# Definition of generalised coordinates?

I think the definition of generalised coordinates is something along the following lines:

A set of parameters that discribe the configuration of a system with respect to some refrence configuration.

I am however, confused about one thing. Does the number of generalised coordinates in a system have to equal the number of degrees of freedom, or can we have more?

• You can have as many coordinates as you want: the question is, why would you need more? – Demosthene Mar 2 '15 at 12:40
• @Demosthene You may want more if reducing the number to the number of degrees of freedom lead to a very 'nasty' expression, but I see your point. – Quantum spaghettification Mar 2 '15 at 12:47

You can definitely have more generalised coordinates than the degrees of freedom. Consider a particle in space which is constrained to move on a straight horizontal rod. You can describe such a system by choosing the $x,y,z$ coordinate of the particle in space as generalized coordinates. But the constraint is reducing the degrees of freedom from 3 to 1, so that you will get an equivalent description with just one generalized coordinate, if chosen wisely.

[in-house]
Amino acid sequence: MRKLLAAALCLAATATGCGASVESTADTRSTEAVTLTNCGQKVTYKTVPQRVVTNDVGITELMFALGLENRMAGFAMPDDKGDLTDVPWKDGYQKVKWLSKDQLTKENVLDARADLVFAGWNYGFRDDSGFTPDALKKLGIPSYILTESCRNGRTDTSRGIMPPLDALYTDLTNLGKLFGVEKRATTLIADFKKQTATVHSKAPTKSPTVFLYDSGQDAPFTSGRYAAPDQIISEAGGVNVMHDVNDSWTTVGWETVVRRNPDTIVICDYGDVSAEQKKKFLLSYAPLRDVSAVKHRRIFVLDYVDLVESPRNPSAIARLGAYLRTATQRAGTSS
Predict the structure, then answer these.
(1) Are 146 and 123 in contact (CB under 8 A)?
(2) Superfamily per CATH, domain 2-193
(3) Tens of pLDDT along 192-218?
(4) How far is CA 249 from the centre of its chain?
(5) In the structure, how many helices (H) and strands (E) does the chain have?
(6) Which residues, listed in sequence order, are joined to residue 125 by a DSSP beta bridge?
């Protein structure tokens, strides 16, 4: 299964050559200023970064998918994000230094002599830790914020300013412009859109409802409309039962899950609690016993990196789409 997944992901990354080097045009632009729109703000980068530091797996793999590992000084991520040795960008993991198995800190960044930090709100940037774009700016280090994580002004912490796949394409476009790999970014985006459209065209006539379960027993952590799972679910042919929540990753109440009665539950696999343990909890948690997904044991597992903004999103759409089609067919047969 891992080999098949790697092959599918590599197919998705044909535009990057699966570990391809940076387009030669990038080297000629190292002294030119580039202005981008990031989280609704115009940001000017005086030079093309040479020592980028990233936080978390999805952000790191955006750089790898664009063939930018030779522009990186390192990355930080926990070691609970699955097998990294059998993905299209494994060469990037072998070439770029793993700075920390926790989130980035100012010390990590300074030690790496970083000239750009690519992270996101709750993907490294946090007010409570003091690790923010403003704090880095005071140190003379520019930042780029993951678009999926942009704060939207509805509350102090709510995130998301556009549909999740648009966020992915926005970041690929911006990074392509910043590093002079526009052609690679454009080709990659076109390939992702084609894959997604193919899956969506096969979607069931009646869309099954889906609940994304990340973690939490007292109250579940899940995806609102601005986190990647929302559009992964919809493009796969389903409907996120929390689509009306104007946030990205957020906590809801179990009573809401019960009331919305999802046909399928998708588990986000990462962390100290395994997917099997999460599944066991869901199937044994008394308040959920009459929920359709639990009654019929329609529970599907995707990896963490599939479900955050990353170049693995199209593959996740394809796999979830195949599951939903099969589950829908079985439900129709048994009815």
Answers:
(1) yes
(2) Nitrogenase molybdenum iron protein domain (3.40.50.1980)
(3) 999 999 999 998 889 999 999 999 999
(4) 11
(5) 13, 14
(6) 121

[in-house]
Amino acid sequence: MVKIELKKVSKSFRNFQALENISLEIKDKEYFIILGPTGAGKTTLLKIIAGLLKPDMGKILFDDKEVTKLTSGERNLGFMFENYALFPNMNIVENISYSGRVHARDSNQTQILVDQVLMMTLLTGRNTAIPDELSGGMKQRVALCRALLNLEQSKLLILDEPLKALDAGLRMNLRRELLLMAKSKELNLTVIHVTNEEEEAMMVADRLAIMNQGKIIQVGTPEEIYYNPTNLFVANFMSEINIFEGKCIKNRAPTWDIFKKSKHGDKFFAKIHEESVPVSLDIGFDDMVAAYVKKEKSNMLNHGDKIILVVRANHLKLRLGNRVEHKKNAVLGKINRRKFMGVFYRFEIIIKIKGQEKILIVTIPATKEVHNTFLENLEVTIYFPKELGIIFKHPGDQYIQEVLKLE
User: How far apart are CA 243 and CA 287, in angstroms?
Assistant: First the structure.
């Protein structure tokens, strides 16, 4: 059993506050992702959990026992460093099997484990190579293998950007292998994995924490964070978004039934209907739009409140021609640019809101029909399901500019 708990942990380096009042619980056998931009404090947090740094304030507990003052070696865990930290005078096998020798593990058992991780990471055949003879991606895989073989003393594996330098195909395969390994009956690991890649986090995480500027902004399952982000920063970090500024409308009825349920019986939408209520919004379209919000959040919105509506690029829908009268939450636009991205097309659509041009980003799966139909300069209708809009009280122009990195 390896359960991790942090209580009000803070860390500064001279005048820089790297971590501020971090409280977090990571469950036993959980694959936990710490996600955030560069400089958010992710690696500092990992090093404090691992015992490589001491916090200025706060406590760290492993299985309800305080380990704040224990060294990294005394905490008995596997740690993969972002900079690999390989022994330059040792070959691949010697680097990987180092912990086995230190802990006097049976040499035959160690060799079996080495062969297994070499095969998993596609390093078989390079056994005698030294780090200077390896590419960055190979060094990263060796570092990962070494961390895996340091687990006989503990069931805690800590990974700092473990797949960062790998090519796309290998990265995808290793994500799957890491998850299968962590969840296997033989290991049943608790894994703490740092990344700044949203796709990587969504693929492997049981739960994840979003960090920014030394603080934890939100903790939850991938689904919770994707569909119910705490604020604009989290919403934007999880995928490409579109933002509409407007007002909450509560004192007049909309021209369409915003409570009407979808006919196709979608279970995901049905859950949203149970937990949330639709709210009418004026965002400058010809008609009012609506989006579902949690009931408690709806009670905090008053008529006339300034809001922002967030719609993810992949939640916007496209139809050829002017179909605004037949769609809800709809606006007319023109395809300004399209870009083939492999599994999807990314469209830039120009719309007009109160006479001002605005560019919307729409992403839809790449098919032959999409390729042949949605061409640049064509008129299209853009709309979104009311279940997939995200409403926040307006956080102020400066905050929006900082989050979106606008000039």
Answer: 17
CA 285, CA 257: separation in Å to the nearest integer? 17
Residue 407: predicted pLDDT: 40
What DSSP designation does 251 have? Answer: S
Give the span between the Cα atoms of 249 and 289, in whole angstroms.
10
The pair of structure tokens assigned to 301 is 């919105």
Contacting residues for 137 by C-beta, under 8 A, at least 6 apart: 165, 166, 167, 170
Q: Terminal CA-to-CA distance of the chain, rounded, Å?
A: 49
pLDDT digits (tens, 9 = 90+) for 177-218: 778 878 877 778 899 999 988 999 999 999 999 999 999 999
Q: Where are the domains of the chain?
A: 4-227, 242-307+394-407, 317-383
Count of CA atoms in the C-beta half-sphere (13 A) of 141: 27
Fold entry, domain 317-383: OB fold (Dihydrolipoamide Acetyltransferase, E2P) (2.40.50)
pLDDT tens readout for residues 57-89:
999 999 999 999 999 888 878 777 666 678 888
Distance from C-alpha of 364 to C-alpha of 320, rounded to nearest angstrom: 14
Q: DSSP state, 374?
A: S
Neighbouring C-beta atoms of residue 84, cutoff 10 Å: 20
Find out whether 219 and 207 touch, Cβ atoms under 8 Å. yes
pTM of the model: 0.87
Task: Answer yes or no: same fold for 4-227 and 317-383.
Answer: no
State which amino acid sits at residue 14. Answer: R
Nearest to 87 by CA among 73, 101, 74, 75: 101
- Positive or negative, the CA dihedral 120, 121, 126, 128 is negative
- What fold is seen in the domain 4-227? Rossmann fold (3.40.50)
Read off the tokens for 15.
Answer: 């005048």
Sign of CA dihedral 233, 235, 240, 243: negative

In the above example, for a particle to move on a horizontal rod, say the $x$ axis, the constraints are $y=z=0$, which can be introduced, say, in the Hamiltonian through Lagrange multipliers, viz. $$H = \frac{\Vert\mathbf p\Vert^2}{2m} + \lambda y + \mu z.$$ Since the constraint are time independent you will have to enforce $$\{y,H\} = \{z,H\} = 0,$$ from which you get the secondary constraints $p_y = p_z = 0$, which express the fact that the particle cannot move along the $y$ and the $z$ direction because of the primary constraints. You can then forget about the $y$ and $z$ coordinates and just describe your system with 1 generalised coordinate, namely $x$, and simply write $$H = \frac{p_x^2}{2m}$$ which is defined on the reduced phase space $\mathbb R\times\mathbb R$, rather than the larger (and, in some sense, redundant) $\mathbb R^3\times\mathbb R^3$.